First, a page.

2. The IDF and Shin Bet are indeed capable of toppling Hamas’ rule and minimizing, for some time at least, the Gaza-based terror. Yet to that end, the IDF would have to conquer most of the Strip, including Gaza City and surrounding refugee camps, as well as the Philadelphi Route and possibly Rafah too. Yet the IDF will have to deploy in the area for a long time – possibly years – in large forces in order to enable the Shin Bet and army to capture most Hamas activists and uncover its infrastructure, as well as that of other organizations. Throughout this period, which may last from six months to three years, the IDF would have to assume responsibility for the population’s wellbeing. Ahead of Cast Lead, Barak tried to find out vis-à-vis Abbas, Egypt, and Western elements including NATO whether they would be willing to enter the Strip and maintain quiet and order until Abbas and his people are ready to regain power there. Barak’s efforts were met with complete rejection.

 

3. Toppling Hamas’ regime won’t put an end to terror. Following a short period of shock, terror groups would rise up and undertake significant efforts to fire rockets at Israel as well as hurt IDF troops and smuggle weapons via tunnels, as they did before the disengagement.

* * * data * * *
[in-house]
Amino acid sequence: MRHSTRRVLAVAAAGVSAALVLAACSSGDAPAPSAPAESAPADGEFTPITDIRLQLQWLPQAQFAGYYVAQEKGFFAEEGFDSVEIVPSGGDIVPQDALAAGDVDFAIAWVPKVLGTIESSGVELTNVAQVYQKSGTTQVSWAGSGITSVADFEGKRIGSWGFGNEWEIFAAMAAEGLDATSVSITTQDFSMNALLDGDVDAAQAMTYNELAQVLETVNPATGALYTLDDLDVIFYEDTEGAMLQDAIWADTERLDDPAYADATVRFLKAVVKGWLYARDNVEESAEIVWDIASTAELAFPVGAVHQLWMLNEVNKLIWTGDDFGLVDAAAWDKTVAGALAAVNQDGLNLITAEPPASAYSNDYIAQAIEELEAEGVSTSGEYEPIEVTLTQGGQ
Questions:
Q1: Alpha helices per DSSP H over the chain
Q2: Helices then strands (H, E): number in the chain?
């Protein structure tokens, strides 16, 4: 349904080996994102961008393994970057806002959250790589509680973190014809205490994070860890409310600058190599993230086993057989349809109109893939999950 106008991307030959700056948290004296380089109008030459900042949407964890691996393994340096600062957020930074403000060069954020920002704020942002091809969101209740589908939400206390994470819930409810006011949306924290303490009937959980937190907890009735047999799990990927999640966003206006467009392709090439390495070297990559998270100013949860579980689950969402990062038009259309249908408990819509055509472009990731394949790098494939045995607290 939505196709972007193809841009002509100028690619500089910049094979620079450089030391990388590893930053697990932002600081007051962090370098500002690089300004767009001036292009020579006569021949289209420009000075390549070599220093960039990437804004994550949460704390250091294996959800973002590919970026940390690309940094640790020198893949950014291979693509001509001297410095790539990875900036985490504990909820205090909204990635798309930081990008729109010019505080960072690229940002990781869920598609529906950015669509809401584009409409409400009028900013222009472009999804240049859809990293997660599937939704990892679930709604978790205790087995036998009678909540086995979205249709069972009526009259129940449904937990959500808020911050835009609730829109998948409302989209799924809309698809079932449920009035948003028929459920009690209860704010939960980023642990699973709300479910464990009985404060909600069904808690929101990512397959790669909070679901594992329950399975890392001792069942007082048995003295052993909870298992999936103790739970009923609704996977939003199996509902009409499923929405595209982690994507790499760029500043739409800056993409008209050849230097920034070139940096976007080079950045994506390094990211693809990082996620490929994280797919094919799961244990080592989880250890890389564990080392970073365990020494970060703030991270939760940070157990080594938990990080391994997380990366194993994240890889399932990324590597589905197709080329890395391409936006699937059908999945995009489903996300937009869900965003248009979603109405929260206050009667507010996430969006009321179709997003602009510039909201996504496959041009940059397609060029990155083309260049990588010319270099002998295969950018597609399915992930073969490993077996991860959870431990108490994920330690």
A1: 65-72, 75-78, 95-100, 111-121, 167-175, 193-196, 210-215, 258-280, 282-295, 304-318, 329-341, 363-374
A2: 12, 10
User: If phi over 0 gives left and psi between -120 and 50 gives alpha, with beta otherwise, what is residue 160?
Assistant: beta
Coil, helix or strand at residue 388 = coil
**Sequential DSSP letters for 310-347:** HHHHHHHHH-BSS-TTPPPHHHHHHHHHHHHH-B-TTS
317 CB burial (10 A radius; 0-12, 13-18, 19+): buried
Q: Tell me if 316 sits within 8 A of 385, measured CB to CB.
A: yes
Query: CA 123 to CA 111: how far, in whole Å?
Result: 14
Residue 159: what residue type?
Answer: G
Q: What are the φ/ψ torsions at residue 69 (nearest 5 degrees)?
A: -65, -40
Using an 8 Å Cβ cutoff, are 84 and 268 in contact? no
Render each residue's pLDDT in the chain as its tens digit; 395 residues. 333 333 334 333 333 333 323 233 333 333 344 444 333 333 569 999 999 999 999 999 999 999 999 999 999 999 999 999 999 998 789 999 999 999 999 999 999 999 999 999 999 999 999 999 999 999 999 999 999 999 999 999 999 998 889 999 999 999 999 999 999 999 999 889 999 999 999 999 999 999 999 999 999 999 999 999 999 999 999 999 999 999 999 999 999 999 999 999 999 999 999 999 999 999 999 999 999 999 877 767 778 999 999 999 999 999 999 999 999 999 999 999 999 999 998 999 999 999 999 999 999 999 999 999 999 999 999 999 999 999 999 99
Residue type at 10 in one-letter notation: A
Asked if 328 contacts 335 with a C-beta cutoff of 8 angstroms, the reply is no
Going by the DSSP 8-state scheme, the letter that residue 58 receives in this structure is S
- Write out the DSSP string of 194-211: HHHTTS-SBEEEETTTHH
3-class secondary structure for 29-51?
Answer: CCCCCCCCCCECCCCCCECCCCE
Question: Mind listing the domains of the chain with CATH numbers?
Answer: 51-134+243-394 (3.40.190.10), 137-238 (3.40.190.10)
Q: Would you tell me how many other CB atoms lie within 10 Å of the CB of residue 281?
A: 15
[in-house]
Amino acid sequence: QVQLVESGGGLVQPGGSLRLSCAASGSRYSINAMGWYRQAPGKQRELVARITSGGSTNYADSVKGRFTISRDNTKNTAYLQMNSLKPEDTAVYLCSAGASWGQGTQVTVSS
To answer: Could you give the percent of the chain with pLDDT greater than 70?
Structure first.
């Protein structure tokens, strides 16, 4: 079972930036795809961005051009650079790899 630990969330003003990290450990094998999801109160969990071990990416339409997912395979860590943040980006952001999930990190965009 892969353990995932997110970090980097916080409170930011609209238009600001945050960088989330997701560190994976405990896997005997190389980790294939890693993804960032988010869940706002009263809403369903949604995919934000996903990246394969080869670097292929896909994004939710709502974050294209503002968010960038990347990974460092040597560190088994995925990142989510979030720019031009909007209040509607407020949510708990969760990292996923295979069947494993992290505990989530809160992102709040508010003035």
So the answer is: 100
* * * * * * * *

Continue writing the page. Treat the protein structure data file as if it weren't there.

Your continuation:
4. The ongoing friction between the IDF and local population would prompt condemnations of Israel on the international stage and deepen its diplomatic isolation.

 

Barak’s and Ashkenazi’s conclusion was that Operation Cast Lead should not aim to topple Hamas’ rule in the Strip, but rather, only prompt the group to stop or greatly minimize, for a long period of time (years if possible) the rocket and mortar attacks on Gaza-region communities as well as terror attacks on the Gaza fence.